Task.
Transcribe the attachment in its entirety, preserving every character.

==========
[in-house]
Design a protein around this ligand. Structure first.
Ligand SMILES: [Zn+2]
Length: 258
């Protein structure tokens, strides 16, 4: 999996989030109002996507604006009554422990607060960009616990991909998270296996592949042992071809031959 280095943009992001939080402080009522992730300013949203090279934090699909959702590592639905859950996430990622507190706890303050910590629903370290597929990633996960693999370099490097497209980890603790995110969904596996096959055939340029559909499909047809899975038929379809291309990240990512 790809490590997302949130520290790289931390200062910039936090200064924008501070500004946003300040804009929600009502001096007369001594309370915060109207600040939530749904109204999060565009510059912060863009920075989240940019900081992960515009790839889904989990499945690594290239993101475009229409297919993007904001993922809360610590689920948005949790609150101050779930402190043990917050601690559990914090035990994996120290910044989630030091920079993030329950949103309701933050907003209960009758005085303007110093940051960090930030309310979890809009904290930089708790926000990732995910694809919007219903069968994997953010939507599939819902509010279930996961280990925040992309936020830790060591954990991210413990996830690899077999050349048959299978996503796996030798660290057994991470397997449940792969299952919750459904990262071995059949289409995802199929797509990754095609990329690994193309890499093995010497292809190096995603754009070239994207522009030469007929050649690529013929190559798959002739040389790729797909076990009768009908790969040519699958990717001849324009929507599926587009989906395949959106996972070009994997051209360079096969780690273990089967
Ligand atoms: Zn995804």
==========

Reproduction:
[in-house]
Design a protein around this ligand. Structure first.
Ligand SMILES: [Zn+2]
Length: 258
């Protein structure tokens, strides 16, 4: 999996989030109002996507604006009554422990607060960009616990991909998270296996592949042992071809031959 280095943009992001939080402080009522992730300013949203090279934090699909959702590592639905859950996430990622507190706890303050910590629903370290597929990633996960693999370099490097497209980890603790995110969904596996096959055939340029559909499909047809899975038929379809291309990240990512 790809490590997302949130520290790289931390200062910039936090200064924008501070500004946003300040804009929600009502001096007369001594309370915060109207600040939530749904109204999060565009510059912060863009920075989240940019900081992960515009790839889904989990499945690594290239993101475009229409297919993007904001993922809360610590689920948005949790609150101050779930402190043990917050601690559990914090035990994996120290910044989630030091920079993030329950949103309701933050907003209960009758005085303007110093940051960090930030309310979890809009904290930089708790926000990732995910694809919007219903069968994997953010939507599939819902509010279930996961280990925040992309936020830790060591954990991210413990996830690899077999050349048959299978996503796996030798660290057994991470397997449940792969299952919750459904990262071995059949289409995802199929797509990754095609990329690994193309890499093995010497292809190096995603754009070239994207522009030469007929050649690529013929190559798959002739040389790729797909076990009768009908790969040519699958990717001849324009929507599926587009989906395949959106996972070009994997051209360079096969780690273990089967
Ligand atoms: Zn995804």